Water itself is not scarce. There is more water on this planet than we know what to do with. Fresh water on the other hand, is very, very scarce indeed. It’s less than 3% of the total water on the planet, and a good deal of that 3% is captured in ice. Come to Australia, especially the south, south west and south east, and that water scarcity is regularly on display. Fresh water is way more useful to us than sea water, for drinking, industry and agriculture. Our water security is determined by our supplies of fresh water. Provided we can tolerate some localised impacts (like brine discharge from desalination processes), we can use sea water to our heart’s content without worrying about water security.
So that’s another potential difference between the power sources that we need to understand; what type of water can be used for cooling: fresh water or sea water? The answer is less technical than you might think. It depends on where the plant is.
The 2.2 GW operations of the Loy Yang coal fired power plant consumes 60,000 tons of coal per day. There is no way of moving that much fuel economically. So where do you build the power plant? Next door to the mine. The only water that is available for cooling in the middle of Gippsland is fresh water. Lovely fresh water that could be used for human consumption, agriculture, or river health is instead evaporated in a coal fired power station. For Loy Yang, the quantity of fresh water it consumed in 2009 was 37 GL (Sustainability Report 2009); 14 GL from aquifers, 25 GL from the La Trobe River, and the remainder from the Maroondah Reservoir. Is that a lot? Well, in 2006 Melbourne as a whole consumed 369 GL of water. So the coal power station consumes approximately as much water as 360,000 people in a modern Australian city(1/10th the 2006 population of Melbourne). So yes, it’s a lot. You can repeat this exercise for the Hunter Valley coal region in NSW, or Queensland or South Australia’s coal generation centres. [Author’s note: I have since learned and shown in another post that South Australia does in fact transport a very large amount of coal a very long way and use sea water for cooling. It merely requires the longest coal train in the world…]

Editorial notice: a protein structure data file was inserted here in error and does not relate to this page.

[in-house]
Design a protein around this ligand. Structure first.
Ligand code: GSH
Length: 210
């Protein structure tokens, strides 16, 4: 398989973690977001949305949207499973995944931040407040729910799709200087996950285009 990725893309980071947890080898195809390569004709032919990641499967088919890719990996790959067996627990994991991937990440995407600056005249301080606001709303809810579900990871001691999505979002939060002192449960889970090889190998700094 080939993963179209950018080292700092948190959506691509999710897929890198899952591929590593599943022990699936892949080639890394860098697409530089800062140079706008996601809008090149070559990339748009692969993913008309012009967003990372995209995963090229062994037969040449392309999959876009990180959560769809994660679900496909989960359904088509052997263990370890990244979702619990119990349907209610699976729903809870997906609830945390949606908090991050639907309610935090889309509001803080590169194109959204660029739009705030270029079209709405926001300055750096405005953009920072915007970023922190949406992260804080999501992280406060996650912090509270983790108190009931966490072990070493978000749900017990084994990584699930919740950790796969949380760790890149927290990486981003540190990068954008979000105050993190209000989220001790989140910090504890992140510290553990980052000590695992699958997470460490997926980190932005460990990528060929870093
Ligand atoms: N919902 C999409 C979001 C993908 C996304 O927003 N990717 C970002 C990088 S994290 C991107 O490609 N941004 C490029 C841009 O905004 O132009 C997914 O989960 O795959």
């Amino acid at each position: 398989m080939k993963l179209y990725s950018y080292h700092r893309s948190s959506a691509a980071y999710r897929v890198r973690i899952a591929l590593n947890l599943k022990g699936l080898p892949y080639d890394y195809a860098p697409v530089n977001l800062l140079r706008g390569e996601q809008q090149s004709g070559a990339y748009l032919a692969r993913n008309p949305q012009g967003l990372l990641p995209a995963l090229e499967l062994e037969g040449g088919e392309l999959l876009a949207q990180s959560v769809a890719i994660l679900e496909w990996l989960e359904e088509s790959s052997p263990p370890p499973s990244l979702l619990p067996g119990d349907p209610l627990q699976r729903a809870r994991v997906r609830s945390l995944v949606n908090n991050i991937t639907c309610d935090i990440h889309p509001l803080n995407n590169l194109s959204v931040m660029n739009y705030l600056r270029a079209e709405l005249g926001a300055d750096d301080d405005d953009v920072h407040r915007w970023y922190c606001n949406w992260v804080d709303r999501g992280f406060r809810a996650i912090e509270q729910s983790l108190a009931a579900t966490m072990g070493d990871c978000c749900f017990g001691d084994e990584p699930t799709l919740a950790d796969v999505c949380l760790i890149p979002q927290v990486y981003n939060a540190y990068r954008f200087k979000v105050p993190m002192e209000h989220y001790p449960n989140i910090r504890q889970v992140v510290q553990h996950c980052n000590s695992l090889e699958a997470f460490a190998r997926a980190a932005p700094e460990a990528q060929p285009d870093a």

Uranium on the other hand, is a super dense energy source. The quantity of fuel required for a nuclear plant is miniscule. Some modern designs are fuelled up, started, and refuelled 4.5 years later. This is a big advantage. It means you can put the plant more or less wherever you want, such as closer to the centres of demand, which reduces the wastage of electricity that is lost in the transmission lines. In Australia, it also means we can put them in reasonable proximity to the ocean, with some sensible buffer from storm surge and tsunami, and cool the condensers using pumped sea water.
The implication for water security is suddenly clear. Displacing all coal fired power stations for nuclear power stations would lead to a dramatic improvement in Australia’s water security by freeing up huge quantities of scarce fresh water for more beneficial uses. It is yet one more criteria in which nuclear trounces coal for sustainability. So thanks for the question Jackie. Australians need to know the answer.